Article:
A few weeks ago, I was talking with a woman a little older than I am about my goals. Among other things, I expressed to her that I really wanted to be married one day and eventually have a family. I opened up to her, telling her that being a part of a healthy, Christ-centered marriage has always been important to me and that ever since I was little I’ve dreamed about the idea of having a bunch of kids running around my house.
Without skipping a beat, she asked “Well, how old are you?”
“24,” I told her. Thinking to myself ‘Oh boy… here we go…’
“Well ya better get on it! You’re not getting any younger, girlfriend!” she laughed casually, before changing the subject.
I laughed and told her that I agreed. But, I didn’t. What I felt, deep down, was shame. This exchange made realize just how often we, as women, fall victim to these types of casual, off-handed remarks.
"How are you still single? I can't believe somebody hasn’t snatched you up by now!"
"Maybe you're just too picky."
"Have you ever thought about getting on Bumble?"
"You need to put yourself out there more!"
"You could always freeze your eggs… You know, just in case." (I really wish I was joking about this one)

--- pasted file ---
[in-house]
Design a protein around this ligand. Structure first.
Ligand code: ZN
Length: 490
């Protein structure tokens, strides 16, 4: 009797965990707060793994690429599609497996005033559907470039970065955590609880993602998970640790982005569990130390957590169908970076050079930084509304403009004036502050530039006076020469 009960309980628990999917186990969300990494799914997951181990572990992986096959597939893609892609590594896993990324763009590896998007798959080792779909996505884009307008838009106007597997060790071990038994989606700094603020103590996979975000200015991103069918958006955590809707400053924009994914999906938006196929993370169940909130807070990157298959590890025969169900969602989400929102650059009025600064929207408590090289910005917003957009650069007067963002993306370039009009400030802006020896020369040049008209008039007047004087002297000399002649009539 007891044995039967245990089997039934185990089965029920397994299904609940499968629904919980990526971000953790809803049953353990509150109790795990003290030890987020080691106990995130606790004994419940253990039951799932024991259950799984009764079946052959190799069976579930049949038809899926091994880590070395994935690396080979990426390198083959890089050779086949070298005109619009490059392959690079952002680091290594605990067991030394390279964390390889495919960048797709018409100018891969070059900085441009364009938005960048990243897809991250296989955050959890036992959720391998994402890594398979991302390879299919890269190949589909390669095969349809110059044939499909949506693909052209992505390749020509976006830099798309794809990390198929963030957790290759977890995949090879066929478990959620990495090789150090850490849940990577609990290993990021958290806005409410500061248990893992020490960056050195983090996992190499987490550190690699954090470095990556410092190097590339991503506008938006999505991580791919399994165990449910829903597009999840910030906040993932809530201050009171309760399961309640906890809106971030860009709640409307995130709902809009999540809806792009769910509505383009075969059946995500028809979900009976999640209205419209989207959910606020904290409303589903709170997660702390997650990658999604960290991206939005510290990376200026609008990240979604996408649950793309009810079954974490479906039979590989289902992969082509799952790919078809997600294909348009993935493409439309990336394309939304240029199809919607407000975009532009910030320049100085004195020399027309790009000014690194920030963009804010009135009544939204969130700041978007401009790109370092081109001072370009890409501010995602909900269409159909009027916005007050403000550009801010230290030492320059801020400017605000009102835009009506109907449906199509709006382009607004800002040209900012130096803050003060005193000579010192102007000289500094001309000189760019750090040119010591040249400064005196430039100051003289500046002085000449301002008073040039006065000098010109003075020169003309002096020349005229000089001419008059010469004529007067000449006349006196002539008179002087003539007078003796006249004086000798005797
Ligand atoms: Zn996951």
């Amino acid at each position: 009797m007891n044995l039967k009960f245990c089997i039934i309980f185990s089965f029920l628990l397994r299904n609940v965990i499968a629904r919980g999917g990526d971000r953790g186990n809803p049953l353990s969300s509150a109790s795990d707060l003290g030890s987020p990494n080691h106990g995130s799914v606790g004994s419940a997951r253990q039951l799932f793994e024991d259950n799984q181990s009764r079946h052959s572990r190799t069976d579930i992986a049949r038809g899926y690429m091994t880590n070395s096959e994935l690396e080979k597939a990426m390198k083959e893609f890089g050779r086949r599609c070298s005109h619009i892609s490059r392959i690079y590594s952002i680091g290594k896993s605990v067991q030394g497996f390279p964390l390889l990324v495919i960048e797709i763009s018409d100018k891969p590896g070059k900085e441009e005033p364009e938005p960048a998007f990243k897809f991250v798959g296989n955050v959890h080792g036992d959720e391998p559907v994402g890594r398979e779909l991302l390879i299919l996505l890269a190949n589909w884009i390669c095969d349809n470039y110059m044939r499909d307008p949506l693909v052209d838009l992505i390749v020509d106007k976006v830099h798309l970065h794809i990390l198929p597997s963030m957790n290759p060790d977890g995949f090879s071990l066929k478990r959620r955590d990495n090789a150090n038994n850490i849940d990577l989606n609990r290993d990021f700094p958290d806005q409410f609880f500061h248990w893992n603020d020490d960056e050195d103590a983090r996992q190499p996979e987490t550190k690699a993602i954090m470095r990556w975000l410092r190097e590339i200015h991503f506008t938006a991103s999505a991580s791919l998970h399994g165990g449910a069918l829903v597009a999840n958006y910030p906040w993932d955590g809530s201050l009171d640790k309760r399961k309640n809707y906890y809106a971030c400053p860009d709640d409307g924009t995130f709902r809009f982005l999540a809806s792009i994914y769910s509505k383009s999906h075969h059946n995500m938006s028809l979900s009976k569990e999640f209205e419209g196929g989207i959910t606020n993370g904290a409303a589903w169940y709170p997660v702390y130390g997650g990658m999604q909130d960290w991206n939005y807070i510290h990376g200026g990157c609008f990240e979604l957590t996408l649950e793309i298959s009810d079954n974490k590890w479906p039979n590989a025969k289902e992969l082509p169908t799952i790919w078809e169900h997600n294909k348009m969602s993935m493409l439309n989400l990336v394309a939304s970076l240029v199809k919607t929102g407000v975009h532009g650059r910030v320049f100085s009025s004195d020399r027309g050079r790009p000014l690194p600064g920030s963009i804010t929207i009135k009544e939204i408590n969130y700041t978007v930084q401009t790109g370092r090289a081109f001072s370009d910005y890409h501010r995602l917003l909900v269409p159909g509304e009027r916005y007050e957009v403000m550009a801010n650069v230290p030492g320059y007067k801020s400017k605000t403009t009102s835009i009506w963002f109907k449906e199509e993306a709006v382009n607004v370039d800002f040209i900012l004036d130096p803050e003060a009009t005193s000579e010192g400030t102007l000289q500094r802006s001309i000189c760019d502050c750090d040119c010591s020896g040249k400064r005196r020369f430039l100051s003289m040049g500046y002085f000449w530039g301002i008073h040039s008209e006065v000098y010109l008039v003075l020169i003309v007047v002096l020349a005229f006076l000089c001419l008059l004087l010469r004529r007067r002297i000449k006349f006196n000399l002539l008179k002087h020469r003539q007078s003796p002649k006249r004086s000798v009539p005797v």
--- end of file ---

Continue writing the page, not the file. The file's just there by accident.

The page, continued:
Of course, my friend meant no harm by her comment. She probably thought she was helping me out – giving me a lesson on the ‘ole biological clock – just in case I missed that day in anatomy. At the heart of it though, I was left wondering: Am I not good enough just as I am?
To be honest, I find myself wondering this a lot. I think it's because there is so much pressure to “stack up” in our culture. The world tells us there is something wrong with us if, we’re still single at a certain age, don’t make a certain income, don’t look or act a certain way... The list could go on forever.
As someone who tends to get stuck in her head a lot and fixate on all of her perceived flaws, a lot of times "measuring up" seems like an impossible feat. I find myself beating myself up, convincing myself that I need to be more, do more, be better, do better. But here is what I've realized: Telling yourself what a failure you are won’t make you any more successful. Telling yourself you’re not living up to your full potential won’t help you reach a higher potential. Telling yourself you’re unlovable won’t make you feel any more lovable.
I know it sounds almost annoyingly simple, but you can’t hate yourself into a version of yourself you love. You are enough just as you are. And self-love will be a little bit easier every time you remind yourself of that.
Photography by Garrett Lobaugh